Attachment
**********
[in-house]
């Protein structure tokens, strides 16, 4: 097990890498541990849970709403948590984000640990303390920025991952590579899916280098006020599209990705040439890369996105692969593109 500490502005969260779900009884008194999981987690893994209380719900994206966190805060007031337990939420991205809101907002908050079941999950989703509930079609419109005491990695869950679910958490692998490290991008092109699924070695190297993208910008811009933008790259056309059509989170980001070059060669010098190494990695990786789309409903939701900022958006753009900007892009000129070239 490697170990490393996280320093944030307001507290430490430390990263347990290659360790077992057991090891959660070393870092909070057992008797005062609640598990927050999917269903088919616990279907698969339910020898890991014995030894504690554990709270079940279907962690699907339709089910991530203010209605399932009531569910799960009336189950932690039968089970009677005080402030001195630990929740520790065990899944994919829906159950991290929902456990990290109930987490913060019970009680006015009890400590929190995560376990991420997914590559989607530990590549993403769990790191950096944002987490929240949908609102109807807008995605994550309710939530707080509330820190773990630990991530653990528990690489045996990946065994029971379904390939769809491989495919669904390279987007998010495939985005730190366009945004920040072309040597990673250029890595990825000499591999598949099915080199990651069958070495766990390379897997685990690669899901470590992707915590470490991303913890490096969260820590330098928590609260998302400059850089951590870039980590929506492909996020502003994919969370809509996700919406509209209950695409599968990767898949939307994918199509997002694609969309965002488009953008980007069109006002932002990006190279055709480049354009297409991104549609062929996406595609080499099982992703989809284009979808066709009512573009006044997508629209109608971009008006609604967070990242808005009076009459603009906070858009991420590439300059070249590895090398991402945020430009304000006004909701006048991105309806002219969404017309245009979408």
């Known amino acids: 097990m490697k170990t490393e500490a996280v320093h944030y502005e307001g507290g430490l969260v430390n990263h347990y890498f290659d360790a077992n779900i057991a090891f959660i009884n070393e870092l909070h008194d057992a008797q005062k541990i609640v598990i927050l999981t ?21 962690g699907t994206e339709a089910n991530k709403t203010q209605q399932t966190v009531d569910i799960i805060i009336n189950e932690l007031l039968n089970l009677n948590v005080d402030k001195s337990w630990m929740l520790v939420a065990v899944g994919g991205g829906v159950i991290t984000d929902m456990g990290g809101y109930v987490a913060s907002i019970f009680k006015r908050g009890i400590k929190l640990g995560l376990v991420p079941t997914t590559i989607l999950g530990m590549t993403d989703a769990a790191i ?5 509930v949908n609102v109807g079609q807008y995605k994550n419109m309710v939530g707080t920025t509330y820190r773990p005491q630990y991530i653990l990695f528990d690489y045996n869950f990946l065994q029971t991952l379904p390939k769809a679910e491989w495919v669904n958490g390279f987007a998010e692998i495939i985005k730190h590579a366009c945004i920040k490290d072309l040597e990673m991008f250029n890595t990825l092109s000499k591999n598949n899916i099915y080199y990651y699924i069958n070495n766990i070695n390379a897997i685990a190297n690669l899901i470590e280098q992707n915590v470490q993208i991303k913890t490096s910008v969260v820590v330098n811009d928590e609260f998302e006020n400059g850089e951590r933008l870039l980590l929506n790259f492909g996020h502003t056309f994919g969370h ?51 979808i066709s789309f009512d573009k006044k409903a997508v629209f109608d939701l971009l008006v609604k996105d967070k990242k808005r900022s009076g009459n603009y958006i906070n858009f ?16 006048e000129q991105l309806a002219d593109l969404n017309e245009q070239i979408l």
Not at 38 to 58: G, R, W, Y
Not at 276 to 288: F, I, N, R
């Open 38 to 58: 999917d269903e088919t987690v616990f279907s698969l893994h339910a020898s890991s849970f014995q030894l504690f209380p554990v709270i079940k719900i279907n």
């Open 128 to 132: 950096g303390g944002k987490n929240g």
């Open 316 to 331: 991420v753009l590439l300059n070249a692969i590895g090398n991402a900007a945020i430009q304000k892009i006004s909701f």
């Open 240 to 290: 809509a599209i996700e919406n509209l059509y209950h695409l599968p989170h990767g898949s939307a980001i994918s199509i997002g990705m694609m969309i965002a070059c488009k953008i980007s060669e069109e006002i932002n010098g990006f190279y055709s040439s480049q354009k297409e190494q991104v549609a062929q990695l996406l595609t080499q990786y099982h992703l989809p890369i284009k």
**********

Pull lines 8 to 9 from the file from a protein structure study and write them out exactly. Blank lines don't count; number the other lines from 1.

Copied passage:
């Open 316 to 331: 991420v753009l590439l300059n070249a692969i590895g090398n991402a900007a945020i430009q304000k892009i006004s909701f």
């Open 240 to 290: 809509a599209i996700e919406n509209l059509y209950h695409l599968p989170h990767g898949s939307a980001i994918s199509i997002g990705m694609m969309i965002a070059c488009k953008i980007s060669e069109e006002i932002n010098g990006f190279y055709s040439s480049q354009k297409e190494q991104v549609a062929q990695l996406l595609t080499q990786y099982h992703l989809p890369i284009k």